Filling the Science Cavity in Oral Health Education: What can Schools Realistically Achieve?

Filling the Science Cavity in Oral Health Education: What can Schools Realistically Achieve?
Teeth? Not something that springs to mind when we consider quality education and teachers’ work. Yet oral health care affords an intriguing insight into the challenges facing schools and teachers as they navigate the competing demands of student health and academic performance.

Recently in a remote Queensland town, local primary school teachers outlined their new strategy for combating the poor oral health.

Having failed in their efforts to enlist the interest and engagement of parents, these teachers had devised a sibling tooth brushing program to motivate older students’ support of their little brothers’ and sisters’ daily brushing and flossing.

This story captures the tensions teachers face as they are called upon to provide the social welfare nets and “inoculate” young people against the ills of society.

However, they must do so within the context of an education landscape dominated by NAPLAN testing, performance pay, technological advances and ongoing curriculum change.

Intuitively schools as sites for health promotion, appears logical.

Current statistics on the state of Australia’s oral health provide a convincing case in point, with more than 26,000 children under 15 years hospitalised each year for dental treatment under general anaesthesia.

A growing body of research shows that poor oral health at an early age can significantly affect school performance, social skills and self-esteem.

Oral health education could play a fundamental role in addressing these challenges and Australia’s new Health and Physical Education (HPE) curriculum seeks to provide an educative contribution to this endeavour.

But, health education advocates have repeatedly demonstrated the marginalisation of HPE within a crowded curriculum that emphasises literacy, numeracy and STEM (science, technology, engineering and mathematics).

Researchers from The University of Queensland, who have been investigating the health work of Australian teachers, have also found that the proportion of teachers who felt they had the required expertise and confidence to deliver health education was low.

Not surprisingly then, schools often rely on external providers to deliver programs that typically focus on behavioural rather than learning outcomes, and rarely engage the classroom teachers who can respond to the specific needs of students.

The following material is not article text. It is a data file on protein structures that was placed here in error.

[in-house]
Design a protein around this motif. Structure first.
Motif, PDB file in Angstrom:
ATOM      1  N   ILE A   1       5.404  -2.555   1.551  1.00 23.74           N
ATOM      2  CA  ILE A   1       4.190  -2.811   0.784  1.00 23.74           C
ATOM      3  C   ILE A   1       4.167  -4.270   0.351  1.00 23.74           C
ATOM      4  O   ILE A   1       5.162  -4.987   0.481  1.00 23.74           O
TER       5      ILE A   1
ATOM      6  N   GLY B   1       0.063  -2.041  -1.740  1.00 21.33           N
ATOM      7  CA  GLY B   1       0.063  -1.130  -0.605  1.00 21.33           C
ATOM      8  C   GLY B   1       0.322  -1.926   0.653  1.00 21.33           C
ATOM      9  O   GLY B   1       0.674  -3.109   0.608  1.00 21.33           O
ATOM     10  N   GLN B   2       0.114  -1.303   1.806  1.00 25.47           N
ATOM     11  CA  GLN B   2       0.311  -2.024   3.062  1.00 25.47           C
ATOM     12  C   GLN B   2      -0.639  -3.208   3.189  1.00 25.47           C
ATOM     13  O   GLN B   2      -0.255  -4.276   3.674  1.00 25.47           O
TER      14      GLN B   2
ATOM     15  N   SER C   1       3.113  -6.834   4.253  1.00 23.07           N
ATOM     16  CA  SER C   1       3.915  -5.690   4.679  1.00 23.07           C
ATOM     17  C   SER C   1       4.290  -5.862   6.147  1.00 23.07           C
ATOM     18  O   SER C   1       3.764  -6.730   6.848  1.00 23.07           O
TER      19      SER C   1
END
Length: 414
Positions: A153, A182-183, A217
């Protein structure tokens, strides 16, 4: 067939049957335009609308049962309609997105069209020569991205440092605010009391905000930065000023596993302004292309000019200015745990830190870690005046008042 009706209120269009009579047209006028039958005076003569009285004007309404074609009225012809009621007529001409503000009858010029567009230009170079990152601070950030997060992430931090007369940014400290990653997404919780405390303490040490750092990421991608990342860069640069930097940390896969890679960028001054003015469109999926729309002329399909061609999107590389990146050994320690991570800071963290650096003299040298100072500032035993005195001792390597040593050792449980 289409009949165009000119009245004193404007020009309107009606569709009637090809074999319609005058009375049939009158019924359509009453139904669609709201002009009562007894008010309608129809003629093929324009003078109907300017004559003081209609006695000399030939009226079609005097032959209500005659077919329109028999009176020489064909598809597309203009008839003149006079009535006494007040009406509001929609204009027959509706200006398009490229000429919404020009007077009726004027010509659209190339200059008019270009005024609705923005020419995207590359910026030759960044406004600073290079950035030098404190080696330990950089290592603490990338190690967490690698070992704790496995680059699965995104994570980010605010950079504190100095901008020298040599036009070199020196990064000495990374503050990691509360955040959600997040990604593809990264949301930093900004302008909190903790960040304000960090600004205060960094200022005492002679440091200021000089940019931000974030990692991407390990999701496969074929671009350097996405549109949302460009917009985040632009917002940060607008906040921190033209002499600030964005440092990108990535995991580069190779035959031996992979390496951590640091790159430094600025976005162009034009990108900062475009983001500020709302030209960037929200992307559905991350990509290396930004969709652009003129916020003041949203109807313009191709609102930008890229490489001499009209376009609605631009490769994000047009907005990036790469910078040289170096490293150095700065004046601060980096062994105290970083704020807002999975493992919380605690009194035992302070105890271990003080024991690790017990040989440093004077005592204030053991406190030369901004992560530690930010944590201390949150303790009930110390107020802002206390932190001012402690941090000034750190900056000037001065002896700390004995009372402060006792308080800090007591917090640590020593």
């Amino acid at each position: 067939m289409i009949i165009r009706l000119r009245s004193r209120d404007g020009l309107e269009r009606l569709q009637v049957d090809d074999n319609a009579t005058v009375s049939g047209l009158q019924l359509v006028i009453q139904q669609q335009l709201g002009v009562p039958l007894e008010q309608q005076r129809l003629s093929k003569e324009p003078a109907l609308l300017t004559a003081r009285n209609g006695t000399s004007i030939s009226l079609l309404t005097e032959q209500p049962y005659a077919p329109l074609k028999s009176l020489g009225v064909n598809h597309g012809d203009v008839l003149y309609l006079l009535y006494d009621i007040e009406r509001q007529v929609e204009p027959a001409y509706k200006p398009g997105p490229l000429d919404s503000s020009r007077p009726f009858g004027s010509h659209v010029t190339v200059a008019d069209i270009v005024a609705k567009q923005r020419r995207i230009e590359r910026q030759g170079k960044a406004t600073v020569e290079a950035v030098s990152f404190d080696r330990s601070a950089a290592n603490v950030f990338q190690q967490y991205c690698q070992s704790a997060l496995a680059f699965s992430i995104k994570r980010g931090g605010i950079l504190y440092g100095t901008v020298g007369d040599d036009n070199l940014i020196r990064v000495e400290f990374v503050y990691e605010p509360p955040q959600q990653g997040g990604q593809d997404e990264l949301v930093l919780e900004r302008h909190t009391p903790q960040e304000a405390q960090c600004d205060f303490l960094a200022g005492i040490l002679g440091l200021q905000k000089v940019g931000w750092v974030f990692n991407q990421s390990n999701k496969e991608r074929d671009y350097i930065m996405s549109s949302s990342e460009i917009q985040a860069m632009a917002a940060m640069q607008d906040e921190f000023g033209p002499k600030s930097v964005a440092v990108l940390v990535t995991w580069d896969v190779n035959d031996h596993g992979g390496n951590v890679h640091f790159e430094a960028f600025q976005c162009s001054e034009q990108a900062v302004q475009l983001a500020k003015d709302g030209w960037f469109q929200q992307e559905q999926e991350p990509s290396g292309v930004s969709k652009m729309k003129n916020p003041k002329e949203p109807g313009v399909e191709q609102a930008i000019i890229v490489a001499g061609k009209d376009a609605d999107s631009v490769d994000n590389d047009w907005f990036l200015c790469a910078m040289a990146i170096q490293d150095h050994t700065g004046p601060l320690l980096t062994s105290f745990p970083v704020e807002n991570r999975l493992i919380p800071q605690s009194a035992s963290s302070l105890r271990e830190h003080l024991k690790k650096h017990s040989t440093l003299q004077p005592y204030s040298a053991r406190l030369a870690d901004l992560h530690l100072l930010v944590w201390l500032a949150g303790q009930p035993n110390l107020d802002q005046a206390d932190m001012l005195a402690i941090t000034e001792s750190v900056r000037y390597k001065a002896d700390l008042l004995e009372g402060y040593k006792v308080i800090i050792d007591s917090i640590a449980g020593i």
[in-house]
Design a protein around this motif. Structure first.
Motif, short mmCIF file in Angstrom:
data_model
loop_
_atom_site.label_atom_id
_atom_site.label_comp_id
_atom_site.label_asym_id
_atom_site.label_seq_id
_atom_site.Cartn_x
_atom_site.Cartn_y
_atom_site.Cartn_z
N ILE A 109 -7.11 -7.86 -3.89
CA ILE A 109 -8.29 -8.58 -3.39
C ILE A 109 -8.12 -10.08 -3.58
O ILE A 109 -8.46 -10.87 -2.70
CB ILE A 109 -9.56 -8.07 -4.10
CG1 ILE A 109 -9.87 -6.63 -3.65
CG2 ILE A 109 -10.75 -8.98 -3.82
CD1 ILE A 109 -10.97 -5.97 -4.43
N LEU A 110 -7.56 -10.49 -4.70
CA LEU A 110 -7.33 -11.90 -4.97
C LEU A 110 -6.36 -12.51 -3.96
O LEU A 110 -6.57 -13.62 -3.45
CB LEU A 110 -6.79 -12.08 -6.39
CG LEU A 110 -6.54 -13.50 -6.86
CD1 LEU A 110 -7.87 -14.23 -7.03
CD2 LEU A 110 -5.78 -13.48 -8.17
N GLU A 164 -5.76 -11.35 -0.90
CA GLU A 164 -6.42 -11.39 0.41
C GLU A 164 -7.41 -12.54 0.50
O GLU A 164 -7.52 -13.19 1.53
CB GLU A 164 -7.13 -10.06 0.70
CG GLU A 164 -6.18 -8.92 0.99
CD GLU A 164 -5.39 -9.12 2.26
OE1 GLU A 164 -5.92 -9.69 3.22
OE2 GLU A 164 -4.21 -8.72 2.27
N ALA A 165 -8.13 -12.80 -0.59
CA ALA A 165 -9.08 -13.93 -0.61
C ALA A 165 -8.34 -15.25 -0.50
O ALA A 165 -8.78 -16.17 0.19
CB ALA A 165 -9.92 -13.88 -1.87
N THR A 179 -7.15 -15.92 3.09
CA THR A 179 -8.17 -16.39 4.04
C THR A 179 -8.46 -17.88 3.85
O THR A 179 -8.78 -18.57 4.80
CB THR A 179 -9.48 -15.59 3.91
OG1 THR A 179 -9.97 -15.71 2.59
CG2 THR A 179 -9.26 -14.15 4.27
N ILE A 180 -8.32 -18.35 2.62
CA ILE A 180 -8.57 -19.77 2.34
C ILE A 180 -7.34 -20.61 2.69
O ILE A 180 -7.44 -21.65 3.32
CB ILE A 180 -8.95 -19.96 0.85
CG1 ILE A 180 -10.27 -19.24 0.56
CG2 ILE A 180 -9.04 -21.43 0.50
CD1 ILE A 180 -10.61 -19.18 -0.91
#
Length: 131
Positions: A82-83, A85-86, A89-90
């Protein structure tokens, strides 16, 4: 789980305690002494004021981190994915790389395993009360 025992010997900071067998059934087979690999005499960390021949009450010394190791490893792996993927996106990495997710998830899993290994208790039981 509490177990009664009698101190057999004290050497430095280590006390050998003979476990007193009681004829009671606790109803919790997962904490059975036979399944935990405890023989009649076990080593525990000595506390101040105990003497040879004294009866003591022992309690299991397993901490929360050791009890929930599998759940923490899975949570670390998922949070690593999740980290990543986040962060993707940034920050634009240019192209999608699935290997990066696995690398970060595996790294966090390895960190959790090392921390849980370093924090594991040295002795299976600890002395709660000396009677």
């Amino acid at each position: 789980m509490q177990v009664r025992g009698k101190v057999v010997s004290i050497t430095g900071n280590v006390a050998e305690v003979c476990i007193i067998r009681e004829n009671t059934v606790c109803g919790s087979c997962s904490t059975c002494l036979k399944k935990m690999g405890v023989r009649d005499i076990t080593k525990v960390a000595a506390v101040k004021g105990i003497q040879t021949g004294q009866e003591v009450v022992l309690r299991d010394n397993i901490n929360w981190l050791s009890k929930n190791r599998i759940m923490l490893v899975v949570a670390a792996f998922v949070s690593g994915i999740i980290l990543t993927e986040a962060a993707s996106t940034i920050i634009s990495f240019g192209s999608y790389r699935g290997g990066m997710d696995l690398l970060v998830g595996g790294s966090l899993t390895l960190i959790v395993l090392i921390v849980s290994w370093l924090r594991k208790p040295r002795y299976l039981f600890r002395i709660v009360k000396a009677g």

We need therefore, to devise innovative strategies that provide realistic, learning oriented programs that meet the needs of teachers and inspire student engagement.

In Australia, the national sense of urgency and interest in addressing children’s STEM skills, provides one possible strategy for the delivery of health by stealth.

Oral health care poses a unique ‘vehicle’ through which to enhance Australian students’ health and science knowledge, skills and attitudes.

Learning about dietary sugar, remineralisation, fluoride and calcium-rich saliva, all provide teachers with an opportunity to investigate and understand the scientific content of the Australian Science curriculum.

So Australian schools and teachers CAN play a critical role in achieving both health and science education outcomes, but we all have our part to play in realising these ambitions.

In placing responsibility for youth health on individual teachers and schools, government and society are implicitly absolved of obligations to collectively address health concerns.

Instead, we need our politicians to allocate funding to resource the critical teacher professional development, such as the ACHPER Queensland HPE teachers’ conference happening this month.

Private enterprise can also be harnessed to fund health education initiatives, but public policy informing corporate funding of Australian schooling is lagging well behind a competitive edu-business marketplace.

Parents can also play a role in advocating for core HPE curriculum time.

So the future of school health education could be a vibrant one, but it takes a collaborative approach to drive sustainable action.

Schools need the resources to devise innovative win/win learning strategies that harness children’s sophisticated engagement with technology or current science education imperatives to allow the ‘brush twice a day’ message to penetrate the complex landscape of Australian schooling.

As seen on EducationHQ